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  5. "Tha mi a' cluinntinn losgann…

"Tha mi a' cluinntinn losgann."

Translation:I am hearing a frog.

December 15, 2019



Does "mi a' cluinntinn" literally mean "me a hearing" or perhaps "me to hearing?" I ask because we wouldn't really say in English "I am hearing," but we would simply say "I hear." Personally I don't mind the more literal translations because the language sinks into my brain better that way.


I think that the English should be right as otherwise one is never sure of the correct meaning of the non-English phrase. For example one would never translate the German "Mir gefaellt das nicht" as "To me pleases that not" but as "I don't like that"


I understand why Duolingo does not generally employ literal word-for-word translations. I just wanted to suggest that in English it's far more common to say "I hear a frog" as opposed to "I am hearing a frog."

I asked the question regarding the literal translation because understanding the actual words and sense of the original language aids in memory, at least in my learning process. I just wanted to hear from the Scottish Gaelic speakers what the actual words mean.


I agree Susan. It is also helpful to me to do literal translation then to english word order. I dont do this as much with gaelic yet but I do it all the time with Hindi because the sentance structure is so very different.


Pretty much, the phrase you have above doesn't work; "mi a' cluinntinn" doesn't make sense. However, "tha mi a' cluinntinn" is basically "I am at hearing".


Also, we can say "I am hearing a frog" in English, it is a perfectly precise sentence and carries the continuous tense of the Gaelic.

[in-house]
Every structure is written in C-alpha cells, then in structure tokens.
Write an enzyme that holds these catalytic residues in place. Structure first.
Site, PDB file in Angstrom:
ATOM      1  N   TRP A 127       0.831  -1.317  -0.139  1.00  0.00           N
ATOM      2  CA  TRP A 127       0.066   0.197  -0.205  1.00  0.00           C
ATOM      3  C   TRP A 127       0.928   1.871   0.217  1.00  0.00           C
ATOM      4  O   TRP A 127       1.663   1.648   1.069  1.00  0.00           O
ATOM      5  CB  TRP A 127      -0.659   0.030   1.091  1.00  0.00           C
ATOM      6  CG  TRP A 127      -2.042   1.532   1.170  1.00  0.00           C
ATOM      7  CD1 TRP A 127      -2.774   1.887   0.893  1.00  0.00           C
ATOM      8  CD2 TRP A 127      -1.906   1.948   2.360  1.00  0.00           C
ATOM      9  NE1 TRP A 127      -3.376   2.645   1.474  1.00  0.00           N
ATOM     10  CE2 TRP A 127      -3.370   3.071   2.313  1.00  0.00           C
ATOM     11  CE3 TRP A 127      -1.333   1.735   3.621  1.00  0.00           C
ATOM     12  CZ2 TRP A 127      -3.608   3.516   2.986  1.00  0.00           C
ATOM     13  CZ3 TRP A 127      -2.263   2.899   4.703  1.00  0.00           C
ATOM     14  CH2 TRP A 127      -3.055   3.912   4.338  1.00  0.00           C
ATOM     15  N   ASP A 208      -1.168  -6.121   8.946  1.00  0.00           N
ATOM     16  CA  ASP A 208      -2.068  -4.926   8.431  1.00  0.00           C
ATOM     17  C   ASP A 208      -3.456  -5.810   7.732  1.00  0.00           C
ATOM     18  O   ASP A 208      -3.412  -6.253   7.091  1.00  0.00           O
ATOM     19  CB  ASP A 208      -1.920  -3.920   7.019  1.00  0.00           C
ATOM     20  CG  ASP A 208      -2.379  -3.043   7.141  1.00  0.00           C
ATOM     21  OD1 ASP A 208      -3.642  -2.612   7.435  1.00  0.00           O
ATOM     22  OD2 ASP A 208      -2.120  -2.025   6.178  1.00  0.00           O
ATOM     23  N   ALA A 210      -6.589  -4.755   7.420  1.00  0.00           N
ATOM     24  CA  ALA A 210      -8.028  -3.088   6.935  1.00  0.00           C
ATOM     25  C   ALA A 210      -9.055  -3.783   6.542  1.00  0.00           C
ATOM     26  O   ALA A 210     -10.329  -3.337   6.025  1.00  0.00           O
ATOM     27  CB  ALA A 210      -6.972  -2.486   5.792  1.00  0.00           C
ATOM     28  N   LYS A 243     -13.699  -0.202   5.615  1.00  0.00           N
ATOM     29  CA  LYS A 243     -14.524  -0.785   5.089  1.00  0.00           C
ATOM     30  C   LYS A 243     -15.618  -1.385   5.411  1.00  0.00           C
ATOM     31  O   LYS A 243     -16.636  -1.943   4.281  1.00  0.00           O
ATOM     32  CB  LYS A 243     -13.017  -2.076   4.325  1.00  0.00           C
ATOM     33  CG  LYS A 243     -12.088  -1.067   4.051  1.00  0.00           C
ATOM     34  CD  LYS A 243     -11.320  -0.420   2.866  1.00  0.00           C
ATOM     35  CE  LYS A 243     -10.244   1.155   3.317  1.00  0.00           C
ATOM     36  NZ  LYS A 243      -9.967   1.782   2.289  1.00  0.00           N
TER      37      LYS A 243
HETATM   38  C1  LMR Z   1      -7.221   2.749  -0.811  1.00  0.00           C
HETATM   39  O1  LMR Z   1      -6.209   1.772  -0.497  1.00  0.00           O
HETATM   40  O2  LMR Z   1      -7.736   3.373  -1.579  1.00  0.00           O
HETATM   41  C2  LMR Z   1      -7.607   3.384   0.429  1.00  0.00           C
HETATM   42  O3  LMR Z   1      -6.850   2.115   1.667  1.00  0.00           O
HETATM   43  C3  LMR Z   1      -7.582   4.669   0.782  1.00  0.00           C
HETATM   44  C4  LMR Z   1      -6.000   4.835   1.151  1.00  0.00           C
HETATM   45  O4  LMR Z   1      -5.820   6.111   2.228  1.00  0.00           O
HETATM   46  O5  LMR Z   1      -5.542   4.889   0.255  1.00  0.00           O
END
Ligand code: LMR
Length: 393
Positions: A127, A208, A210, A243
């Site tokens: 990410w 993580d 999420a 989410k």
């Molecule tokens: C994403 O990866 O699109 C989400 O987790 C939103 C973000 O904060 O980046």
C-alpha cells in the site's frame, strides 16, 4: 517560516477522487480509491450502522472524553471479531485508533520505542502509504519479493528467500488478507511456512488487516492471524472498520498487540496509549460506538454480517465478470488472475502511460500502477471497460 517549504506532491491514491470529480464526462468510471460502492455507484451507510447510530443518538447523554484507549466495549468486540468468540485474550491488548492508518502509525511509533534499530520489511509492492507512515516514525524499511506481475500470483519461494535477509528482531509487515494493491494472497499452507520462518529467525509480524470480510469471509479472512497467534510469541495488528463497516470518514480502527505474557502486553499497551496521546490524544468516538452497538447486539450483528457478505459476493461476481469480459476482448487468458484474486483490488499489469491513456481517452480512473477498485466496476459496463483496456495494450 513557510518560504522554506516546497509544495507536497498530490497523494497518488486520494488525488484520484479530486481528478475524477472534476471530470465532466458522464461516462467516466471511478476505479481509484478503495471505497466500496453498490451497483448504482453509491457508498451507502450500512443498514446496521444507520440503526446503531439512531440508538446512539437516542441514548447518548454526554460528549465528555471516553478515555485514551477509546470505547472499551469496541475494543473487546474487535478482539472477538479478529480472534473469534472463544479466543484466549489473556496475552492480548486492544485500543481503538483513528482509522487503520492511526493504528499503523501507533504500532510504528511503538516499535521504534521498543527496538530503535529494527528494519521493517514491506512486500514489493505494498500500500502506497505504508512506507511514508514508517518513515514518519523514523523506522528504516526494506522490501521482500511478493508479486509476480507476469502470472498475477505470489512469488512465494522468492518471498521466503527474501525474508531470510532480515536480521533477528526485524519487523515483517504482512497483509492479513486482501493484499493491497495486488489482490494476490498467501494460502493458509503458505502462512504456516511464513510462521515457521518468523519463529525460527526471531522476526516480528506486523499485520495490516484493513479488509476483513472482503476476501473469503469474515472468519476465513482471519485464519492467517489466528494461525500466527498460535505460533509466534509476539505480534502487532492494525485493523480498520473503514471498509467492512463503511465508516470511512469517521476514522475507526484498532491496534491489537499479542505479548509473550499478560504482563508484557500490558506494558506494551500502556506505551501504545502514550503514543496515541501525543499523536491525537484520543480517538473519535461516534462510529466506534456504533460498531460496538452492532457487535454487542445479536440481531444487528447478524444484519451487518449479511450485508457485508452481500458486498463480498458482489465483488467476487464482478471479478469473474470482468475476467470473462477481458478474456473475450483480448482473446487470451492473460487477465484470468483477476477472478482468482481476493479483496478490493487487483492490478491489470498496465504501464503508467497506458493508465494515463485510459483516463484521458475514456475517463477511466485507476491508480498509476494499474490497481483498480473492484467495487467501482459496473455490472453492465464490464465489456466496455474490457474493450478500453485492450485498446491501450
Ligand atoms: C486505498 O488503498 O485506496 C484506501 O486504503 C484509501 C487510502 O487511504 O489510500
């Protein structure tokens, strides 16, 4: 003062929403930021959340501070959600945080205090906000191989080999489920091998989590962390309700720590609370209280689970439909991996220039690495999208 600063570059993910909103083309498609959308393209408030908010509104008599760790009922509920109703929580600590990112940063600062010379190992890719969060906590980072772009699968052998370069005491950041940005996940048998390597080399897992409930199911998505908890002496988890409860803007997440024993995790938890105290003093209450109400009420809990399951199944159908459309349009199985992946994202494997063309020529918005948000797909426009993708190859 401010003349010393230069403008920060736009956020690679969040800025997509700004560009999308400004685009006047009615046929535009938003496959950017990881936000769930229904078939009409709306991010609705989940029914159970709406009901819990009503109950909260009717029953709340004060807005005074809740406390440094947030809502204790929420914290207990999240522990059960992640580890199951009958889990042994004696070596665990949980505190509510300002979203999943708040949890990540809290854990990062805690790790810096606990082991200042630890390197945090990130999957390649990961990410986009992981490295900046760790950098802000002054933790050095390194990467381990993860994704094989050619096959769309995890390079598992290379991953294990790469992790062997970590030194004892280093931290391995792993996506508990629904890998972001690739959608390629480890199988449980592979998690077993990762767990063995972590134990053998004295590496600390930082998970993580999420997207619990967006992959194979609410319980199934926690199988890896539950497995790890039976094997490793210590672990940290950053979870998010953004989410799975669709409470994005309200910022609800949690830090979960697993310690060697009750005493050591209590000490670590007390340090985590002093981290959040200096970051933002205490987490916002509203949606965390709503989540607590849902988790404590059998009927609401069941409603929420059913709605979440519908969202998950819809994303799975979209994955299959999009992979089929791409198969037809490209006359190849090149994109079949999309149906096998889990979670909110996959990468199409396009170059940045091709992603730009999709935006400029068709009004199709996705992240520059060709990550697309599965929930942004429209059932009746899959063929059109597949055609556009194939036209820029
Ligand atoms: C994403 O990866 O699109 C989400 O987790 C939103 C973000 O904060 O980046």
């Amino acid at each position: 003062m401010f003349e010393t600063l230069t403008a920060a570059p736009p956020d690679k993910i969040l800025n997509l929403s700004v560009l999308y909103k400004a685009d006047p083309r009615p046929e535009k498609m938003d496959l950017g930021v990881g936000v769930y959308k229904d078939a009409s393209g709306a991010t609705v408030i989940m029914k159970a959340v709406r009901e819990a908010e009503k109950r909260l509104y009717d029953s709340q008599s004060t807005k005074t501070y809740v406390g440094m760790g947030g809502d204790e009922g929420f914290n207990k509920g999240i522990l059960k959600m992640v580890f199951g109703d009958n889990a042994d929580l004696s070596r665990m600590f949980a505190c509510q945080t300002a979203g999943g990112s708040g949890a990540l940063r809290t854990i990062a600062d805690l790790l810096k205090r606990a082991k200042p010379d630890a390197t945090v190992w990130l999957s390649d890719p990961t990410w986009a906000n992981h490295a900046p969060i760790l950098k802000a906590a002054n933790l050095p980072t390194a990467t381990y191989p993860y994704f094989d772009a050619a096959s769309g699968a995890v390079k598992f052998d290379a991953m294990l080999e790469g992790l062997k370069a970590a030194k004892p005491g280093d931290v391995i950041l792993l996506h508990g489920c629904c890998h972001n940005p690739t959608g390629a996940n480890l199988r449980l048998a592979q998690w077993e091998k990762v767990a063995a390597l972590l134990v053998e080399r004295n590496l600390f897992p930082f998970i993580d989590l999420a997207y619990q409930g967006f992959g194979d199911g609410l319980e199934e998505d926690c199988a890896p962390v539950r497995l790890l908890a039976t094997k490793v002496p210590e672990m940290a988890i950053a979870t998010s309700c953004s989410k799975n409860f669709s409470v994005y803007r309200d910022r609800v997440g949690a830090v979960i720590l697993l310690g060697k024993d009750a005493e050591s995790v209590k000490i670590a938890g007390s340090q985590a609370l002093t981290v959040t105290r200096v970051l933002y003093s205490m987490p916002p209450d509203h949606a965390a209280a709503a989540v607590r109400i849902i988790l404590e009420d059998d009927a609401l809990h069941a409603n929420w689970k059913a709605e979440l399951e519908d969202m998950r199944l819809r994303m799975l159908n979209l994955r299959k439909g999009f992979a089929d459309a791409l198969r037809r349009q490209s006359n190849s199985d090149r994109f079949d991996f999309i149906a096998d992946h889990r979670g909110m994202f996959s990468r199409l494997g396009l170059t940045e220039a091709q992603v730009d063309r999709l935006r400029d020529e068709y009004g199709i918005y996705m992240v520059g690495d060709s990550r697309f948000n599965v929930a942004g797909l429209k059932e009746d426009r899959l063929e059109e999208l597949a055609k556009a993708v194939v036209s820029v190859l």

"I am hearing a frog" is grammatically correct in American English, but would not be common. Thinking about it, most verbs dealing with the senses we use simple present/past instead of continuous. I see the dog, I saw the sunset, I smell bacon, I heard my favorite song, I taste garlic...


English continuous present tense sounds funny out of context, but it's actually quite frequently used. Right now, it's spring in New England, and there are spring peepers (little wood frogs) singing in a constant chorus in vernal pools in the woods. So hiking in the woods, it would be quite natural to say "I think I'm hearing frogs, are you hearing frogs?" And if I'm hiking with my father, he is fairly deaf, so he would likely say, "No, I'm not hearing frogs." Note that there are five instances of continuous present tense in that little narrative: note the participles "singing" and "hiking", as well as "hearing."

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